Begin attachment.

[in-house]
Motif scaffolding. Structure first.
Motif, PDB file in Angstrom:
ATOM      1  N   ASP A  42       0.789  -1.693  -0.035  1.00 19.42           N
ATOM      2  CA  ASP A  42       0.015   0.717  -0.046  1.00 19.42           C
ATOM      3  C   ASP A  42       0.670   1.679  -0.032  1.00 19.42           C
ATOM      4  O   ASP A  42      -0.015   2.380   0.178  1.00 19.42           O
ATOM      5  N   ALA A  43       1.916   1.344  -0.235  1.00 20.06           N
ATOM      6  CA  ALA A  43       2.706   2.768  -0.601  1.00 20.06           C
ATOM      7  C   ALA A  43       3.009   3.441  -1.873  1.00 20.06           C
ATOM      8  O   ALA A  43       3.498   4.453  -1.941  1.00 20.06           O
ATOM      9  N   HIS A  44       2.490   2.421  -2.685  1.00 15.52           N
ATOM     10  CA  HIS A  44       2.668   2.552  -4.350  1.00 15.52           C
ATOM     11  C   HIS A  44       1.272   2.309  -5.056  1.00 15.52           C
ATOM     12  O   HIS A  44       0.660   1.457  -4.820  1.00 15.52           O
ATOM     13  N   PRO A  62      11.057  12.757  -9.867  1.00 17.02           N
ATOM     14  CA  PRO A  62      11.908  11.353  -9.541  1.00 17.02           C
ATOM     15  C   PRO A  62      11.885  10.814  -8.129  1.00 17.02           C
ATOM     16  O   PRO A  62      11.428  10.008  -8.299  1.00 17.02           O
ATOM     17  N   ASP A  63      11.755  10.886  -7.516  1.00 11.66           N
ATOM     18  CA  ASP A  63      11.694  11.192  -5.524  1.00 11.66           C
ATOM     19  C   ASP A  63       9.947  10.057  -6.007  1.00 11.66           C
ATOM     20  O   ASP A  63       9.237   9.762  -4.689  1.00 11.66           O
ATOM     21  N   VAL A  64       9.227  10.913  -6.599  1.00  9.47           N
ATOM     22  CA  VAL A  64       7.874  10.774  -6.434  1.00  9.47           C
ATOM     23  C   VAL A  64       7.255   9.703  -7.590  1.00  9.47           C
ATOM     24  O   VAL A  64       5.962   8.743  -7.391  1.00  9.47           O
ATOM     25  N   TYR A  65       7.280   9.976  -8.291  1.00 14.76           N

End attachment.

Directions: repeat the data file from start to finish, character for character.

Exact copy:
[in-house]
Motif scaffolding. Structure first.
Motif, PDB file in Angstrom:
ATOM      1  N   ASP A  42       0.789  -1.693  -0.035  1.00 19.42           N
ATOM      2  CA  ASP A  42       0.015   0.717  -0.046  1.00 19.42           C
ATOM      3  C   ASP A  42       0.670   1.679  -0.032  1.00 19.42           C
ATOM      4  O   ASP A  42      -0.015   2.380   0.178  1.00 19.42           O
ATOM      5  N   ALA A  43       1.916   1.344  -0.235  1.00 20.06           N
ATOM      6  CA  ALA A  43       2.706   2.768  -0.601  1.00 20.06           C
ATOM      7  C   ALA A  43       3.009   3.441  -1.873  1.00 20.06           C
ATOM      8  O   ALA A  43       3.498   4.453  -1.941  1.00 20.06           O
ATOM      9  N   HIS A  44       2.490   2.421  -2.685  1.00 15.52           N
ATOM     10  CA  HIS A  44       2.668   2.552  -4.350  1.00 15.52           C
ATOM     11  C   HIS A  44       1.272   2.309  -5.056  1.00 15.52           C
ATOM     12  O   HIS A  44       0.660   1.457  -4.820  1.00 15.52           O
ATOM     13  N   PRO A  62      11.057  12.757  -9.867  1.00 17.02           N
ATOM     14  CA  PRO A  62      11.908  11.353  -9.541  1.00 17.02           C
ATOM     15  C   PRO A  62      11.885  10.814  -8.129  1.00 17.02           C
ATOM     16  O   PRO A  62      11.428  10.008  -8.299  1.00 17.02           O
ATOM     17  N   ASP A  63      11.755  10.886  -7.516  1.00 11.66           N
ATOM     18  CA  ASP A  63      11.694  11.192  -5.524  1.00 11.66           C
ATOM     19  C   ASP A  63       9.947  10.057  -6.007  1.00 11.66           C
ATOM     20  O   ASP A  63       9.237   9.762  -4.689  1.00 11.66           O
ATOM     21  N   VAL A  64       9.227  10.913  -6.599  1.00  9.47           N
ATOM     22  CA  VAL A  64       7.874  10.774  -6.434  1.00  9.47           C
ATOM     23  C   VAL A  64       7.255   9.703  -7.590  1.00  9.47           C
ATOM     24  O   VAL A  64       5.962   8.743  -7.391  1.00  9.47           O
ATOM     25  N   TYR A  65       7.280   9.976  -8.291  1.00 14.76           N